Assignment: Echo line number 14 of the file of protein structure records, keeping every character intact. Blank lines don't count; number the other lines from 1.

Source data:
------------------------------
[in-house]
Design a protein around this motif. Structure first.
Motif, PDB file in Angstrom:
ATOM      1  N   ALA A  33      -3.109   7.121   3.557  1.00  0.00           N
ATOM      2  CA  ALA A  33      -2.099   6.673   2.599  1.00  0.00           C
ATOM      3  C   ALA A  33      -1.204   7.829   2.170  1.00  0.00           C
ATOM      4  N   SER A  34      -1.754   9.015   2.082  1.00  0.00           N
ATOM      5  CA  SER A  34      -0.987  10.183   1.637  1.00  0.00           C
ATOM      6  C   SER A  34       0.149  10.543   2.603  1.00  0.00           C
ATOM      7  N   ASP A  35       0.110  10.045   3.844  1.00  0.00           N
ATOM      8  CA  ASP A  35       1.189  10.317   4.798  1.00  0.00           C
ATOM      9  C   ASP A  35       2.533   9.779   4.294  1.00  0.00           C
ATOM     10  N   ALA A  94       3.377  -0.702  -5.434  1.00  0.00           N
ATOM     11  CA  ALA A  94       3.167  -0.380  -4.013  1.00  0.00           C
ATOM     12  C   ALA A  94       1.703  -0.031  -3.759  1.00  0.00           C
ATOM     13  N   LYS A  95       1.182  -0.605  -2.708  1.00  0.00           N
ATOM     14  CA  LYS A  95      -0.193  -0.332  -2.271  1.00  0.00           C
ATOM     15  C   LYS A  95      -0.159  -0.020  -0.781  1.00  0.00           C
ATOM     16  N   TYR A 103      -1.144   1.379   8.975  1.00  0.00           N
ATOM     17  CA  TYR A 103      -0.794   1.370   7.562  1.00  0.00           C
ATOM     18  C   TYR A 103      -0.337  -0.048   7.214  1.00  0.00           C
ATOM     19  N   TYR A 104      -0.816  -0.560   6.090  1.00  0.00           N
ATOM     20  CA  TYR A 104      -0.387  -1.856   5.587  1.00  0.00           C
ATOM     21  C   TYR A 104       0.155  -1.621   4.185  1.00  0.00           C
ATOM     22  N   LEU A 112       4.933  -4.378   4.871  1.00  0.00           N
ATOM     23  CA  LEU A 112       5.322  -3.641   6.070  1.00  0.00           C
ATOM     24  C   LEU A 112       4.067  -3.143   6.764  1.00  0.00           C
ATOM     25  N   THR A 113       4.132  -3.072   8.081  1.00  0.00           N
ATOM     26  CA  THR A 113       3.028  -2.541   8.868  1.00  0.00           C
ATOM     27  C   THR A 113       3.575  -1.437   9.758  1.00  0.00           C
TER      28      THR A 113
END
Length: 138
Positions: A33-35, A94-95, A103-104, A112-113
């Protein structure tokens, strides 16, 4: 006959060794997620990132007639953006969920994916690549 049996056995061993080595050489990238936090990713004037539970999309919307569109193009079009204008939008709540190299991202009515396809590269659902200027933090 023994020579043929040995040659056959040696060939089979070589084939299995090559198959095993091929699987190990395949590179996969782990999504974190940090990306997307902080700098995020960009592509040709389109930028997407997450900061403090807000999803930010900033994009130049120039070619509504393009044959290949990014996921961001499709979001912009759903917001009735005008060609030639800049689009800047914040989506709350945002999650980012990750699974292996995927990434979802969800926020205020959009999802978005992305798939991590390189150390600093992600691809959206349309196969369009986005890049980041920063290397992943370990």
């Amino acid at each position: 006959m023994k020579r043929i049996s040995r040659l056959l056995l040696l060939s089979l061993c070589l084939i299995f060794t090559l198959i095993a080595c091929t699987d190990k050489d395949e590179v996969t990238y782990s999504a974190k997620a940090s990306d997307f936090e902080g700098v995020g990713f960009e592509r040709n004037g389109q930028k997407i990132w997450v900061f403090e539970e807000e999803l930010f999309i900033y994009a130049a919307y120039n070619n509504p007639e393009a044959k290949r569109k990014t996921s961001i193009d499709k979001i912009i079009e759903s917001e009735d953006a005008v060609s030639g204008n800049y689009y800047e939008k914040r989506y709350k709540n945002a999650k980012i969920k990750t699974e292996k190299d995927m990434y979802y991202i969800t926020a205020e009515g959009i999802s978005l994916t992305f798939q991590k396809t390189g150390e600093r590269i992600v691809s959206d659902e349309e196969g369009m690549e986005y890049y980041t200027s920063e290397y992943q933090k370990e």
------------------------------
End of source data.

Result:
ATOM     11  CA  ALA A  94       3.167  -0.380  -4.013  1.00  0.00           C